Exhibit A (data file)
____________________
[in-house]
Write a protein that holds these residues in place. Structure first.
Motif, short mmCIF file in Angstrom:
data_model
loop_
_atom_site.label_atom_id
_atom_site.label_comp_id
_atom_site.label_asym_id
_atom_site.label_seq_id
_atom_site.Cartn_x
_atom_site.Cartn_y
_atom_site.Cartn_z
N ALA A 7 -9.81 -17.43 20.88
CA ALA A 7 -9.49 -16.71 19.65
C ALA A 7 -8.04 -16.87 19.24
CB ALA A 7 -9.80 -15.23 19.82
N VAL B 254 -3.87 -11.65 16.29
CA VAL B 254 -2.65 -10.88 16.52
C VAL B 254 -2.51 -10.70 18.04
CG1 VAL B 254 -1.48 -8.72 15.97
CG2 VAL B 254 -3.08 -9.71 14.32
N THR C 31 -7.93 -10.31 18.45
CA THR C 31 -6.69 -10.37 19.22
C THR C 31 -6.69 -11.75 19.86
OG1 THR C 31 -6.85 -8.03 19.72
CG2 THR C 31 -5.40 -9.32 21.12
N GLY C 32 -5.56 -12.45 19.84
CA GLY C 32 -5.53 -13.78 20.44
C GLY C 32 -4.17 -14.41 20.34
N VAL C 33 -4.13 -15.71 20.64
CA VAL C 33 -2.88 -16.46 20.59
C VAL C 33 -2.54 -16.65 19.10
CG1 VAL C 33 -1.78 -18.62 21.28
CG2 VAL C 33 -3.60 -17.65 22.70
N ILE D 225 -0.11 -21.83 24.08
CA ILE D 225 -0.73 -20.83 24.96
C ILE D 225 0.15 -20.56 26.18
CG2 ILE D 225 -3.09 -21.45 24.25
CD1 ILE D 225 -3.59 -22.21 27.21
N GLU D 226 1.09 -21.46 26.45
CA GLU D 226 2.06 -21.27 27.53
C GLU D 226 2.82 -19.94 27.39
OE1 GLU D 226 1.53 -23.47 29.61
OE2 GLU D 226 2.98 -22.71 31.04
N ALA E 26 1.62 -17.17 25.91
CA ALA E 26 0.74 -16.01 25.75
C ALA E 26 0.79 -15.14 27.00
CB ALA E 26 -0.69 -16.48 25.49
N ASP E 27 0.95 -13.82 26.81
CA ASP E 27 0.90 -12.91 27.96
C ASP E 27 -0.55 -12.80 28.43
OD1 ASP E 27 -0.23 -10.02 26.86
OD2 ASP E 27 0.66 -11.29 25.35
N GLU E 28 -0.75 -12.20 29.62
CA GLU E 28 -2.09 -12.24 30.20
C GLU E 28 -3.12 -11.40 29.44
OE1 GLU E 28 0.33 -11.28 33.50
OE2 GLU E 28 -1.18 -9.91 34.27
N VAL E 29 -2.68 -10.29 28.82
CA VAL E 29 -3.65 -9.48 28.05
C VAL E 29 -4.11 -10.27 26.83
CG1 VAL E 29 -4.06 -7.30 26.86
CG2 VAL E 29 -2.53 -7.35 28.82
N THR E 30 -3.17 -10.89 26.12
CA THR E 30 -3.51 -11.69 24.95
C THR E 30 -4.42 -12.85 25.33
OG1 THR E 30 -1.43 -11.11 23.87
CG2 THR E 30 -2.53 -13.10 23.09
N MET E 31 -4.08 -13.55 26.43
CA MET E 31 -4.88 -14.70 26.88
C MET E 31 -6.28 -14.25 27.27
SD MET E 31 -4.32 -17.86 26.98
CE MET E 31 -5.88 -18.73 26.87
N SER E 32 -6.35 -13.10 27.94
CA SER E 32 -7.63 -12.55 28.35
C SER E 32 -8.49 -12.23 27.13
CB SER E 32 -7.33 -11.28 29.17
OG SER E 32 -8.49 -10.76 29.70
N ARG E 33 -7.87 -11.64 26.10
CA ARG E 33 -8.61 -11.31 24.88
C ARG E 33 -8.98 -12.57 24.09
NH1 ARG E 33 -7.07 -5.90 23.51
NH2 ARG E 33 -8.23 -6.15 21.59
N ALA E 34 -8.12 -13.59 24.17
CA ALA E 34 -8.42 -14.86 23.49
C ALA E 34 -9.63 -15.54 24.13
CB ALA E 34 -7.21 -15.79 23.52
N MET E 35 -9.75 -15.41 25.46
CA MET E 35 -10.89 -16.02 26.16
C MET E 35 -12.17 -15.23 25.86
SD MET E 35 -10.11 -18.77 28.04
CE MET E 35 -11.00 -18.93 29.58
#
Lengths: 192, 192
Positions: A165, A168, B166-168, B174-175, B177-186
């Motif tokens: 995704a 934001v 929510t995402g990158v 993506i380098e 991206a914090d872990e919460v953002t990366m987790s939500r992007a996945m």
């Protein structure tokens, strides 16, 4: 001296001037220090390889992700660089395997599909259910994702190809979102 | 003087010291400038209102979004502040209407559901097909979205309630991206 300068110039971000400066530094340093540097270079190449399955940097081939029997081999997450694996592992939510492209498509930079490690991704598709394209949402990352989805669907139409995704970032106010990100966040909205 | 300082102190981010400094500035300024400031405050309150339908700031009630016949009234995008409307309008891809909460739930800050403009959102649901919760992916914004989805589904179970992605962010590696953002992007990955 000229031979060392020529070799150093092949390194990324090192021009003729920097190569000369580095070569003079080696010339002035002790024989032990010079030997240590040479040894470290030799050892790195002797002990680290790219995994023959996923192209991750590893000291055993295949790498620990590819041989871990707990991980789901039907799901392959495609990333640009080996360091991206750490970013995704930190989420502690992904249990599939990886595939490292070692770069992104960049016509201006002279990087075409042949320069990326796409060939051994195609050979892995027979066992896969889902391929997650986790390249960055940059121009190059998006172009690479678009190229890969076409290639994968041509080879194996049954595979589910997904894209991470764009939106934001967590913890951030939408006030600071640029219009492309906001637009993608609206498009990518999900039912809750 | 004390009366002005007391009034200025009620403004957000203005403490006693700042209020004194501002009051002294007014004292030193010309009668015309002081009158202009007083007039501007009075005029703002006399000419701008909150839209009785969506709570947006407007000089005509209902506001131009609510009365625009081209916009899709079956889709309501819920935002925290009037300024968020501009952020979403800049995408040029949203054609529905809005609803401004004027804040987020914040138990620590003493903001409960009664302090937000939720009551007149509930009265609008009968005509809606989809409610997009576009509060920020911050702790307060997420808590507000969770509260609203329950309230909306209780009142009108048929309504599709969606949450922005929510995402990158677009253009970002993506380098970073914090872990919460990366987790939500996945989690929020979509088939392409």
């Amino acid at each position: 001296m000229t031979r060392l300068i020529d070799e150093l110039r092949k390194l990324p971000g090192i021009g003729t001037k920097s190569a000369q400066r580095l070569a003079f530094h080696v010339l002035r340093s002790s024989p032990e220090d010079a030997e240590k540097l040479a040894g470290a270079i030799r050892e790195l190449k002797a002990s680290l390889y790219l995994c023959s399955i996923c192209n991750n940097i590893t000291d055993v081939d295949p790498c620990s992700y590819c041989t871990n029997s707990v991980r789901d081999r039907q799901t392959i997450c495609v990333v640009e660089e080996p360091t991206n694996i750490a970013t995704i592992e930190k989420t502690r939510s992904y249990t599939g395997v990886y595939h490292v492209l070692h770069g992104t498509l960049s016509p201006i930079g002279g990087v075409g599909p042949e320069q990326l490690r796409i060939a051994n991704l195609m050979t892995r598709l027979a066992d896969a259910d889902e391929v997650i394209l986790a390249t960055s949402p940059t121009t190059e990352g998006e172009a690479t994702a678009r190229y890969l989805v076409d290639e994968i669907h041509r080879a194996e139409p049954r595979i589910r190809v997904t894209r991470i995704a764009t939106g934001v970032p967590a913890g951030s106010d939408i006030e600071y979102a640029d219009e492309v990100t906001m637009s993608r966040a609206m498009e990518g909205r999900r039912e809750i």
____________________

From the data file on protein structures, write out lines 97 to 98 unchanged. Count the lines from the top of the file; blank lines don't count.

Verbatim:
């Protein structure tokens, strides 16, 4: 001296001037220090390889992700660089395997599909259910994702190809979102 | 003087010291400038209102979004502040209407559901097909979205309630991206 300068110039971000400066530094340093540097270079190449399955940097081939029997081999997450694996592992939510492209498509930079490690991704598709394209949402990352989805669907139409995704970032106010990100966040909205 | 300082102190981010400094500035300024400031405050309150339908700031009630016949009234995008409307309008891809909460739930800050403009959102649901919760992916914004989805589904179970992605962010590696953002992007990955 000229031979060392020529070799150093092949390194990324090192021009003729920097190569000369580095070569003079080696010339002035002790024989032990010079030997240590040479040894470290030799050892790195002797002990680290790219995994023959996923192209991750590893000291055993295949790498620990590819041989871990707990991980789901039907799901392959495609990333640009080996360091991206750490970013995704930190989420502690992904249990599939990886595939490292070692770069992104960049016509201006002279990087075409042949320069990326796409060939051994195609050979892995027979066992896969889902391929997650986790390249960055940059121009190059998006172009690479678009190229890969076409290639994968041509080879194996049954595979589910997904894209991470764009939106934001967590913890951030939408006030600071640029219009492309906001637009993608609206498009990518999900039912809750 | 004390009366002005007391009034200025009620403004957000203005403490006693700042209020004194501002009051002294007014004292030193010309009668015309002081009158202009007083007039501007009075005029703002006399000419701008909150839209009785969506709570947006407007000089005509209902506001131009609510009365625009081209916009899709079956889709309501819920935002925290009037300024968020501009952020979403800049995408040029949203054609529905809005609803401004004027804040987020914040138990620590003493903001409960009664302090937000939720009551007149509930009265609008009968005509809606989809409610997009576009509060920020911050702790307060997420808590507000969770509260609203329950309230909306209780009142009108048929309504599709969606949450922005929510995402990158677009253009970002993506380098970073914090872990919460990366987790939500996945989690929020979509088939392409």
């Amino acid at each position: 001296m000229t031979r060392l300068i020529d070799e150093l110039r092949k390194l990324p971000g090192i021009g003729t001037k920097s190569a000369q400066r580095l070569a003079f530094h080696v010339l002035r340093s002790s024989p032990e220090d010079a030997e240590k540097l040479a040894g470290a270079i030799r050892e790195l190449k002797a002990s680290l390889y790219l995994c023959s399955i996923c192209n991750n940097i590893t000291d055993v081939d295949p790498c620990s992700y590819c041989t871990n029997s707990v991980r789901d081999r039907q799901t392959i997450c495609v990333v640009e660089e080996p360091t991206n694996i750490a970013t995704i592992e930190k989420t502690r939510s992904y249990t599939g395997v990886y595939h490292v492209l070692h770069g992104t498509l960049s016509p201006i930079g002279g990087v075409g599909p042949e320069q990326l490690r796409i060939a051994n991704l195609m050979t892995r598709l027979a066992d896969a259910d889902e391929v997650i394209l986790a390249t960055s949402p940059t121009t190059e990352g998006e172009a690479t994702a678009r190229y890969l989805v076409d290639e994968i669907h041509r080879a194996e139409p049954r595979i589910r190809v997904t894209r991470i995704a764009t939106g934001v970032p967590a913890g951030s106010d939408i006030e600071y979102a640029d219009e492309v990100t906001m637009s993608r966040a609206m498009e990518g909205r999900r039912e809750i």